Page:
Words by Anthony Thomas
The external environment, be it built, digital or natural, plays an integral role in every aspect of our lives. This might seem obvious but to many it’s not. Space and our engagement with it, consciously or subconsciously, influence and shape our behaviour. For instance, marketers and advertisers armed with an arsenal of blatantly subtle (oxymorons are fun) techniques, strategies and cues, continue to tarnish the built environment with carefully crafted messages designed to influence our consumption patterns. In the same vain but minus malicious intent, architects and interiors designers construct spaces that illicit desired functionality and emotion through considered use of materials, colour, lines and objects. It’s hardly surprising that complacency and boredom have emerged as society’s catalytic response to the continual bombardment of information. But what if we stopped for a second? Stopped to turn off our inner autopilot by reducing the noise and streamlining our decision-making processes? What if we stopped and did those things through intelligent and thoughtful use of space? These questions are the framework of Brisbane artist, Catlin Franzmann’s practise. Heavily reliant on visual stimuli and interaction, it’s work best experienced live or explained by the artist. You can do both; by visiting the Foundation’s Edge exhibition open until late May at the QUT Art Museum and by reading the interview that follows.
Tell me about yourself. Who are you?
I am an artist. I’ve just finished studying honours at Queensland College of Art. My main focus was sculpture and installation and using video and sound. I also have a background in urban planning, so I’ve come to the visual arts in a later phase of my life after working in planning for several years.
Does planning influence your artistic practise now?
I pushed it away for a really long time. I wanted to do something completely different and tried to completely ignore that history but it constantly came up again and again. It’s inherent in a lot of my work. Just the ideas of space and how people negotiate and interact with urban environments, buildings, streets, I find really interesting.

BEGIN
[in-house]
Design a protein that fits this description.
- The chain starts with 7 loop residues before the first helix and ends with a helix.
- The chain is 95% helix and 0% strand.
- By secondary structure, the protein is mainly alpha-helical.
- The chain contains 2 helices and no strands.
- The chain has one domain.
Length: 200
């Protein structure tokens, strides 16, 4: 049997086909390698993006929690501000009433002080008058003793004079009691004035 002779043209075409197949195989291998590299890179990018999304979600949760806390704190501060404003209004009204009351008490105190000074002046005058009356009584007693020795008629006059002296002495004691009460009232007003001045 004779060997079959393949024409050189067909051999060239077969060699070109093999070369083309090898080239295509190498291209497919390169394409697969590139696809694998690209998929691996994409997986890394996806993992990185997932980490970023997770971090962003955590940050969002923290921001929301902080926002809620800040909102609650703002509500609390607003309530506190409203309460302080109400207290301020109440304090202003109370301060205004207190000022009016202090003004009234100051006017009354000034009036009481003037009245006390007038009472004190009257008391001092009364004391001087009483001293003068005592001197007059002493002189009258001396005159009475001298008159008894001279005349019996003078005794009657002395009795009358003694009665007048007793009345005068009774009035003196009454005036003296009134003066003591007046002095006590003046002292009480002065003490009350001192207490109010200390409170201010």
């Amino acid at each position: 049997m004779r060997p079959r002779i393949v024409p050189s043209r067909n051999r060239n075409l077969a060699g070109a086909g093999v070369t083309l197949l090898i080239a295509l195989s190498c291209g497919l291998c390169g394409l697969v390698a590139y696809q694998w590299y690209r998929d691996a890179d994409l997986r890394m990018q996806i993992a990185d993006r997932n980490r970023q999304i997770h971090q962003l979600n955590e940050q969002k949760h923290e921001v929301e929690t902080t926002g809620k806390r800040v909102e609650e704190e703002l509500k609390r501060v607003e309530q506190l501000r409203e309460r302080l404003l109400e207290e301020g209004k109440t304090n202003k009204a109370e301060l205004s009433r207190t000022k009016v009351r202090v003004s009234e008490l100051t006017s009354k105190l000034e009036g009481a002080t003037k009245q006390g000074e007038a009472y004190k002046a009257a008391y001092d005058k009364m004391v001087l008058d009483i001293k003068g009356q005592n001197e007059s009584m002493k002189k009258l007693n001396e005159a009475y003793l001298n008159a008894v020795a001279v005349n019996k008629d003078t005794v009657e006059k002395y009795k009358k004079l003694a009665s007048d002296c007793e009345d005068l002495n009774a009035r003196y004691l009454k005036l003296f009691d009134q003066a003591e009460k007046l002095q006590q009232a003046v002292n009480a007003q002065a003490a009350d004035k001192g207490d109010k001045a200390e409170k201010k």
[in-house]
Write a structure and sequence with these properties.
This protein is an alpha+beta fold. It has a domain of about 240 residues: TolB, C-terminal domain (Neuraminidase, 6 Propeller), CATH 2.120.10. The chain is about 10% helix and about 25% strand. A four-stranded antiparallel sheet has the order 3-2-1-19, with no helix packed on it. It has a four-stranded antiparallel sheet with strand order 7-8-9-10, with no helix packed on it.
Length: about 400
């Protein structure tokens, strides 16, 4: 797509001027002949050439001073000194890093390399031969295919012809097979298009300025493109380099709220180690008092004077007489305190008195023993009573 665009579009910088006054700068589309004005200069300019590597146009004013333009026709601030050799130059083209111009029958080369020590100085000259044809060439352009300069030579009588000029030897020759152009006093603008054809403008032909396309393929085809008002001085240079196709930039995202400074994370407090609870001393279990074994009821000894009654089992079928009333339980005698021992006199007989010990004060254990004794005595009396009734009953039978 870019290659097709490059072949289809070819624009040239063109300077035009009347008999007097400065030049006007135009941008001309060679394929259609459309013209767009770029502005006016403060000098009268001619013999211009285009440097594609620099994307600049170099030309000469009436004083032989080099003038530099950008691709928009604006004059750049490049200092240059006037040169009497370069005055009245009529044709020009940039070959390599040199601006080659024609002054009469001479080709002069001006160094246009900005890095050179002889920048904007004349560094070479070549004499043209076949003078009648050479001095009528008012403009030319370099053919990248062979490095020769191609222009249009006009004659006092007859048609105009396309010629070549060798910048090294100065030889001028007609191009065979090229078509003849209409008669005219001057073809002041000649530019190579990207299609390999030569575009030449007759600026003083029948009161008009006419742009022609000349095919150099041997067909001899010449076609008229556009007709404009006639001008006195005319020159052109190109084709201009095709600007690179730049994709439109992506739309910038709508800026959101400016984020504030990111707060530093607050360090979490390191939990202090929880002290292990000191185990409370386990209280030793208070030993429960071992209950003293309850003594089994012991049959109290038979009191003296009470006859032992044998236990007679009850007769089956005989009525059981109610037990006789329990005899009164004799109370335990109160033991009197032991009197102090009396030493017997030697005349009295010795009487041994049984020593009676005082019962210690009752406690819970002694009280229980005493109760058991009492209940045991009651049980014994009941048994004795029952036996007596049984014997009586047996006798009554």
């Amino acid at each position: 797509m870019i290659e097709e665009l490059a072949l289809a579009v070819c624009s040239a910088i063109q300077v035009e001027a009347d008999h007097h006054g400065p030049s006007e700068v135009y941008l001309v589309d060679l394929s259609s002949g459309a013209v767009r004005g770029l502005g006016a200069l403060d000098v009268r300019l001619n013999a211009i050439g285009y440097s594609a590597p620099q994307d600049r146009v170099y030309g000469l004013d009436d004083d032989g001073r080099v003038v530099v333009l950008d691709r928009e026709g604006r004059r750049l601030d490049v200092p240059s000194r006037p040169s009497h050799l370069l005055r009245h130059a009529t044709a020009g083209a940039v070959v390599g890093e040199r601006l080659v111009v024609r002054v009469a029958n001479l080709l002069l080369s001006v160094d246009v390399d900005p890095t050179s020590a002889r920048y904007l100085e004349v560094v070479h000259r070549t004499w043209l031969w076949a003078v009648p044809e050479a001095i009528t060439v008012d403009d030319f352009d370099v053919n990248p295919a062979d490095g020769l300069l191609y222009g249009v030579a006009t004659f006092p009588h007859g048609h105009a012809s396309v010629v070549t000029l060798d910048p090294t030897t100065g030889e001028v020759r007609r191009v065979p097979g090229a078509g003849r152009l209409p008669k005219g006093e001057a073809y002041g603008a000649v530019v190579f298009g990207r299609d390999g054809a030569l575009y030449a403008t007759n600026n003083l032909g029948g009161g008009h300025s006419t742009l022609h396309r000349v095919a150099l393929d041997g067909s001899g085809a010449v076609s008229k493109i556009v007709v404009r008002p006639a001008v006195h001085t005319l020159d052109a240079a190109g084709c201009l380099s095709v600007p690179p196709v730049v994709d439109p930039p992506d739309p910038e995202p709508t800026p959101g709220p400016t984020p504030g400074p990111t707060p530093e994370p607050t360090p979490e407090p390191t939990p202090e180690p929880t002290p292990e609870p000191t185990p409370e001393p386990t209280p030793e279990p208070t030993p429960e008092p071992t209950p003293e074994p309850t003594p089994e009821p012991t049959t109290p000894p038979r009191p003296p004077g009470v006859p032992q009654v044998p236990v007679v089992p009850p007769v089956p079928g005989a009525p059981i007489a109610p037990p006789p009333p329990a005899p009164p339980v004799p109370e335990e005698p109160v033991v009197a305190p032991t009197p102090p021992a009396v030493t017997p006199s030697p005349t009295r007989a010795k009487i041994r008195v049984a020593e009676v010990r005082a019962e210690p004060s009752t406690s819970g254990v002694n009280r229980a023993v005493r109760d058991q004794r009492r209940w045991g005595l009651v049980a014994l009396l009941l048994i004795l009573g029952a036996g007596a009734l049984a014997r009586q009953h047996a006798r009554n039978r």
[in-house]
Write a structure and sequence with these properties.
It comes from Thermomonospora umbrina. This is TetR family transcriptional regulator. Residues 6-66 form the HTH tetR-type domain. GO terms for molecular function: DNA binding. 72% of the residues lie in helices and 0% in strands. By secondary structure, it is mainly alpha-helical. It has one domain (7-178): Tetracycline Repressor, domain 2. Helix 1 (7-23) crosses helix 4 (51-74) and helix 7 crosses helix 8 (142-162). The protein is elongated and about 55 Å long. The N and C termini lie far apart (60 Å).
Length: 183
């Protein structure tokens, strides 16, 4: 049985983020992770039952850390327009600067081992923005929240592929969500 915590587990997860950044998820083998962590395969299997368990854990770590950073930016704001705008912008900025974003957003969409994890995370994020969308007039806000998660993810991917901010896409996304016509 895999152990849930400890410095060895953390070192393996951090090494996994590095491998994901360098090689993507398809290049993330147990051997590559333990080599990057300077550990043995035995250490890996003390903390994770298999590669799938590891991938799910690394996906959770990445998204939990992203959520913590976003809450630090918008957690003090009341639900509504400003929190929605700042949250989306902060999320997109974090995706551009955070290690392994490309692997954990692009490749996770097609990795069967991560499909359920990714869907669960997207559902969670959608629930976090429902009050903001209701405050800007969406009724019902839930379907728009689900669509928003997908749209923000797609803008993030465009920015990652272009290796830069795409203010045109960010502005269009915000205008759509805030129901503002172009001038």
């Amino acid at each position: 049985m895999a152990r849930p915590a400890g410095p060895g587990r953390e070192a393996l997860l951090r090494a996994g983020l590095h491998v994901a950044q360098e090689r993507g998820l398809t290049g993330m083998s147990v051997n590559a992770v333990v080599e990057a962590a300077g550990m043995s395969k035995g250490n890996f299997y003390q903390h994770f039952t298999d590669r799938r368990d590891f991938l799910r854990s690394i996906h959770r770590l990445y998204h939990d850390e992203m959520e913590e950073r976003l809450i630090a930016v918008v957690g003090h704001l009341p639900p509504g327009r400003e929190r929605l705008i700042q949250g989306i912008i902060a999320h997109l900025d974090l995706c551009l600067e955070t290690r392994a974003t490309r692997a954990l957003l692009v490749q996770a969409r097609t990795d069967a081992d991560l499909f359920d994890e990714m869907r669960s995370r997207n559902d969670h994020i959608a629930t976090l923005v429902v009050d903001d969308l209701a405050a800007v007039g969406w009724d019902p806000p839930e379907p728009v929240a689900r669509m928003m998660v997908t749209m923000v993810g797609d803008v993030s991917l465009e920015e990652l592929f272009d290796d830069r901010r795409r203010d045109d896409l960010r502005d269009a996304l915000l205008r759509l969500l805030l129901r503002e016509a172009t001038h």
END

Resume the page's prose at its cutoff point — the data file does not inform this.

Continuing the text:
What particular aspect of the interaction do you find interesting?
Often when I come into the city, especially when I’m working the nine-to-five job, I observe people in automatic mode. I’m interested in this idea of sensory overload of information; constant sounds, visuals, advertising and media presented to us, which can be mentally and physically exhausting. I’m interested in the idea of slowing that process down through architecture and design.
How do you plan on doing that?
I’m starting in the art world; looking at the gallery space and the way and pace art is consumed. It’s a very visual process quite often, but I’m interested in focusing on all of the senses. I use sound in a way that can take that focus away from the symbols I see in front of me, and opening up the meaning to something a little less tangible; allowing the participant to feel a bit more.
So your art is completely impressionable on the individual viewer?
Totally. With a lot of my work, every single person has a different experience. There are ideas of shared experiences but also very individual experiences occurring at the same time. When I say shared, I mean when someone’s interacting with the work, there’s going to be other people viewing that interaction and then there’s this different experience happening in the back ground.
A little network of experiences happening in conjunction with each other?
Completely, but also that idea of the constant shift between mind and body. You’re feeling and experiencing something and you’re brain is going, “well what’s actually happening here,” and there is perhaps a little trick in the work that makes you start questioning that again. It’s not always 100% clear, there’s a little bit of mystery involved.
As an interactive artist, where do you see traditional mediums fitting in with the changing art environment?
I think there will be always be a place for traditional mediums. I know personally, I can experience a flood of emotions from looking at a painting. Perhaps what I’m arguing against is the excessive intellectualisation of art, in terms of having to read the little statement next to work to understand what they mean. 2D work often has that idea that symbols and metaphors are all there and, “This means this, and this means this, and okay, the work is related to this concept”. Whereas when I feel those emotions from a work – a painting – it’s usually when I’m drawn deep into the work and it allows me form my own interpretation.